Mary Jordan, writing for the Washington Post, (via Toronto Star):
Gore receives Nobel prize, urges action
Former U.S. vice-president Al Gore, accepting his Nobel Peace Prize yesterday, called on the United States and China, the world’s two largest polluters,to make the boldest moveson climate changeor stand accountable before history for their failure to act.
Both countries should stop using each other’s behaviour as an excuse for stalemate,Gore said, labelling the threat from rising temperatures and sea levelsa planetary emergency, a threat to the survival of our civilization that is gathering, ominous and destructive.
The future is knocking at our door right now,Gore said, paraphrasing the Norwegian playwright Henrik Ibsen during a 90-minute ceremony in Oslo’s City Hall.
Make no mistake, the next generation will ask us one of two questions,Gore said.Either they will ask:What were you thinking? Why didn’t you act?Or they will ask instead,How did you find the moral courage to rise and successfully resolve a crisis that so many said was impossible to solve?
Gore added:It is time to make peace with the planet.
Gore said the price of inaction is rapidly causing melting glaciers, massive crop loss due to drought, the extinction of some species and the displacement of millions of people by flooding. He called on all nations to mobilize witha sense of urgency and shared resolve that has previously been seen only when nations have mobilized for war.
And here’s an excerpt from Al Gore’s acceptance speech (via Toronto Star):
Sometimes, without warning, the future knocks on our door with a precious and painful vision of what might be.
One hundred and nineteen years ago, a wealthy inventor read his own obituary, mistakenly published years before his death. Wrongly believing the inventor had just died, a newspaper printed a harsh judgment of his life’s work, unfairly labelling himThe Merchant of Deathbecause of his invention — dynamite. Shaken by this condemnation, the inventor made a fateful choice to serve the cause of peace.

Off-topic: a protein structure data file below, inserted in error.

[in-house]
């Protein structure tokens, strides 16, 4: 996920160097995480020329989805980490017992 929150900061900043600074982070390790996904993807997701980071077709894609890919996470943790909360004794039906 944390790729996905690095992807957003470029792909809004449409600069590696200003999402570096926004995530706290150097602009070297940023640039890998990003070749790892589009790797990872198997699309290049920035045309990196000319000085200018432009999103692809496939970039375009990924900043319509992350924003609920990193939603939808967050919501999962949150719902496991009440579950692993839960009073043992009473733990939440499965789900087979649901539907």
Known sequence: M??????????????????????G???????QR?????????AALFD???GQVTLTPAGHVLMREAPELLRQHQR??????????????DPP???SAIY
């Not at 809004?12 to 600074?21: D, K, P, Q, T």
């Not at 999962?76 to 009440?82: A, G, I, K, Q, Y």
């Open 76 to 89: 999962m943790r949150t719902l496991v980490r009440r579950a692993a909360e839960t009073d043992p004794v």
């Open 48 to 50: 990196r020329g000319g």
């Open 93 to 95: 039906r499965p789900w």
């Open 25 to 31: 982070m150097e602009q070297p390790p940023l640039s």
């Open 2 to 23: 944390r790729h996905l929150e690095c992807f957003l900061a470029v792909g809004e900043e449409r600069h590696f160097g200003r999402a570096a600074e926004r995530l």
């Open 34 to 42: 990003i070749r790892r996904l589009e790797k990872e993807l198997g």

Seven years later, Alfred Nobel created this prize and the others that bear his name.
Seven years ago tomorrow, I read my own political obituary in a judgment that seemed to me harsh and mistaken — if not premature. But that unwelcome verdict also brought a precious if painful gift: an opportunity to search for fresh new ways to serve my purpose.
Unexpectedly, that quest has brought me here. Even though I fear my words cannot match this moment, I pray what I am feeling in my heart will be communicated clearly enough that those who hear me will say,We must act.
The distinguished scientists with whom it is the greatest honour of my life to share this award have laid before us a choice between two different futures — a choice that to my ears echoes the words of an ancient prophet:Life or death, blessings or curses. Therefore, choose life, that both thou and thy seed may live.
We, the human species, are confronting a planetary emergency — a threat to the survival of our civilization that is gathering ominous and destructive potential even as we gather here. But there is hopeful news as well: we have the ability to solve this crisis and avoid the worst — though not all — of its consequences, if we act boldly, decisively and quickly.
However, despite a growing number of honourable exceptions, too many of the world’s leaders are still best described in the words Winston Churchill applied to those who ignored Adolf Hitler’s threat:They go on in strange paradox, decided only to be undecided, resolved to be irresolute, adamant for drift, solid for fluidity, all powerful to be impotent.
So today, we dumped another 70 million tons of global-warming pollution into the thin shell of atmosphere surrounding our planet, as if it were an open sewer.
And tomorrow, we will dump a slightly larger amount, with the cumulative concentrations now trapping more and more heat from the sun.
As a result, the earth has a fever. And the fever is rising. The experts have told us it is not a passing affliction that will heal by itself. We asked for a second opinion. And a third. And a fourth. And the consistent conclusion, restated with increasing alarm, is that something basic is wrong.
We are what is wrong, and we must make it right.
I thought some of you might find this interesting, hopefully.